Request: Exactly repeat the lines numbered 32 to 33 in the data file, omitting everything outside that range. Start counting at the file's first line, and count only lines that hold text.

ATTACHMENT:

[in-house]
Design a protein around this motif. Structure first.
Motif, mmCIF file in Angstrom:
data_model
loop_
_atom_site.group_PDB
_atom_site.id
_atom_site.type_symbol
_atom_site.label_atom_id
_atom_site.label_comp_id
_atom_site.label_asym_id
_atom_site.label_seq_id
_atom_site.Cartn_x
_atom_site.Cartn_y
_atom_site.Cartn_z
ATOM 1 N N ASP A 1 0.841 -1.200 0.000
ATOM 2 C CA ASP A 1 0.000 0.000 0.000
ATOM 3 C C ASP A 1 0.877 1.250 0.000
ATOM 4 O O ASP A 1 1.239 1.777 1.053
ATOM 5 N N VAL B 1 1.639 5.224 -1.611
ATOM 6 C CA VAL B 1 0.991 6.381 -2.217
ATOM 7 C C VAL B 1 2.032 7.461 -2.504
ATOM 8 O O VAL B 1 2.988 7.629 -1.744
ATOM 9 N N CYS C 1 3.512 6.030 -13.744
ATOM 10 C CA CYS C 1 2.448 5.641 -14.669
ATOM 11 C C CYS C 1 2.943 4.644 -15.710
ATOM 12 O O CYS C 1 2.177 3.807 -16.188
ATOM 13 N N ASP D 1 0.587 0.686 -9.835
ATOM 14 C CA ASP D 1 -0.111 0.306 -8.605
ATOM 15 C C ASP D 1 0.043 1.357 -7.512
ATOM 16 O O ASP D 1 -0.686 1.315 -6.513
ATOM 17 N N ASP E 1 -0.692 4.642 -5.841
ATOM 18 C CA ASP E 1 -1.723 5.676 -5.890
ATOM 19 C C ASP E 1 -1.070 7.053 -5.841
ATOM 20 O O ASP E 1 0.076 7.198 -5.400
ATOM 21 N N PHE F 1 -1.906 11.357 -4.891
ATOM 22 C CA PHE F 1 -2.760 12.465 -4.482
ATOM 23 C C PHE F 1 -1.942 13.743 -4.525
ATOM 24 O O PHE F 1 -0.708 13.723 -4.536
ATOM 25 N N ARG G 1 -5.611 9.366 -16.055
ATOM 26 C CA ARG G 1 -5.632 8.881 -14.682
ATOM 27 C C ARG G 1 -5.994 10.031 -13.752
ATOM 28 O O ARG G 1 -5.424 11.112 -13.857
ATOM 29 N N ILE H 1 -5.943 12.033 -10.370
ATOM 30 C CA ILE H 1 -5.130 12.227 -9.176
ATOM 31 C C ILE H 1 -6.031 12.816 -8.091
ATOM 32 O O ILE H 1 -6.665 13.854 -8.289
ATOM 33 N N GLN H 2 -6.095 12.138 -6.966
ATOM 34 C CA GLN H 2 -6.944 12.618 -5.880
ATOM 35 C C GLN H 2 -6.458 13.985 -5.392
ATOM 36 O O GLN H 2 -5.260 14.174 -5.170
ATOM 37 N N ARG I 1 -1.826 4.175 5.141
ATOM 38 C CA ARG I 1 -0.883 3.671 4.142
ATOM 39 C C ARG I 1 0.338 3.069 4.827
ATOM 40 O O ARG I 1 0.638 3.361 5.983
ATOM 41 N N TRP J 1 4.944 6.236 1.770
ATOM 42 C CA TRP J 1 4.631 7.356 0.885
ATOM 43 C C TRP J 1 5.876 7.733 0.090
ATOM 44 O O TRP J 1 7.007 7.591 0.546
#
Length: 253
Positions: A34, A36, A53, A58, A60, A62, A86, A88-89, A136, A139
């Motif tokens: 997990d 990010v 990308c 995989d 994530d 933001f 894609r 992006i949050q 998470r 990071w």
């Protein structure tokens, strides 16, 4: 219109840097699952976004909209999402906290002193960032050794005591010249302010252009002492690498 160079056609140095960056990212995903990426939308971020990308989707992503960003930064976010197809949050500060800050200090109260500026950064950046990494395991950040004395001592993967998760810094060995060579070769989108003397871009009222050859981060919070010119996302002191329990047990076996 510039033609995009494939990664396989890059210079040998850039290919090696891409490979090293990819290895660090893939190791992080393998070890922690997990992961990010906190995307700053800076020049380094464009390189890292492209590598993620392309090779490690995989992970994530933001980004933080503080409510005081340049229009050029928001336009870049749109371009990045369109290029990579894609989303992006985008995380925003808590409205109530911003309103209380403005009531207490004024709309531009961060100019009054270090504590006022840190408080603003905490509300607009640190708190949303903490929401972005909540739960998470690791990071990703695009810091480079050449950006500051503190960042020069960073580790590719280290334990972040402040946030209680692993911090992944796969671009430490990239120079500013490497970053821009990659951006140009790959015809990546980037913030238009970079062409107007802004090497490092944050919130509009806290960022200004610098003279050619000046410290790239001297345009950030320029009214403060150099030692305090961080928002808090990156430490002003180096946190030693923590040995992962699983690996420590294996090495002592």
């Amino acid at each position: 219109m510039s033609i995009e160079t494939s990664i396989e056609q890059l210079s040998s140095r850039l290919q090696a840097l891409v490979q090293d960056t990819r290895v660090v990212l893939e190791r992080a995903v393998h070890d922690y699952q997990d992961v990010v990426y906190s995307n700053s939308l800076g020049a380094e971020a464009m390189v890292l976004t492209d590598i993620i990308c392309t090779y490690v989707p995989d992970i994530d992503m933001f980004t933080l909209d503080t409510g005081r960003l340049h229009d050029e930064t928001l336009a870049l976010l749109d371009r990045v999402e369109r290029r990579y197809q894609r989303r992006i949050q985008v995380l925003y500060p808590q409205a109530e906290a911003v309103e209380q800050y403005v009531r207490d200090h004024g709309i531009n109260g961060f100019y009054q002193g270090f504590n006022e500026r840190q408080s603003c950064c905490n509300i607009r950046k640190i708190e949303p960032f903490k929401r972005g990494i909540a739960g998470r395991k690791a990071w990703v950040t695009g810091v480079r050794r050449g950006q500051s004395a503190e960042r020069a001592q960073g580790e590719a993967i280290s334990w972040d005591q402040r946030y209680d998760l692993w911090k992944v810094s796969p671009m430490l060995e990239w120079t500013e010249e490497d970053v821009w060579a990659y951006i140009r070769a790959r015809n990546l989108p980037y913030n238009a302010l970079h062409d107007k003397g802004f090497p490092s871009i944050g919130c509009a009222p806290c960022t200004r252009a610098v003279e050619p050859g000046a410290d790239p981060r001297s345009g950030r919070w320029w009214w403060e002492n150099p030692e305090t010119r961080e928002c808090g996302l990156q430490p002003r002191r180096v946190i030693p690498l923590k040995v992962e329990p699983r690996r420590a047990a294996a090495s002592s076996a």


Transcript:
ATOM 17 N N ASP E 1 -0.692 4.642 -5.841
ATOM 18 C CA ASP E 1 -1.723 5.676 -5.890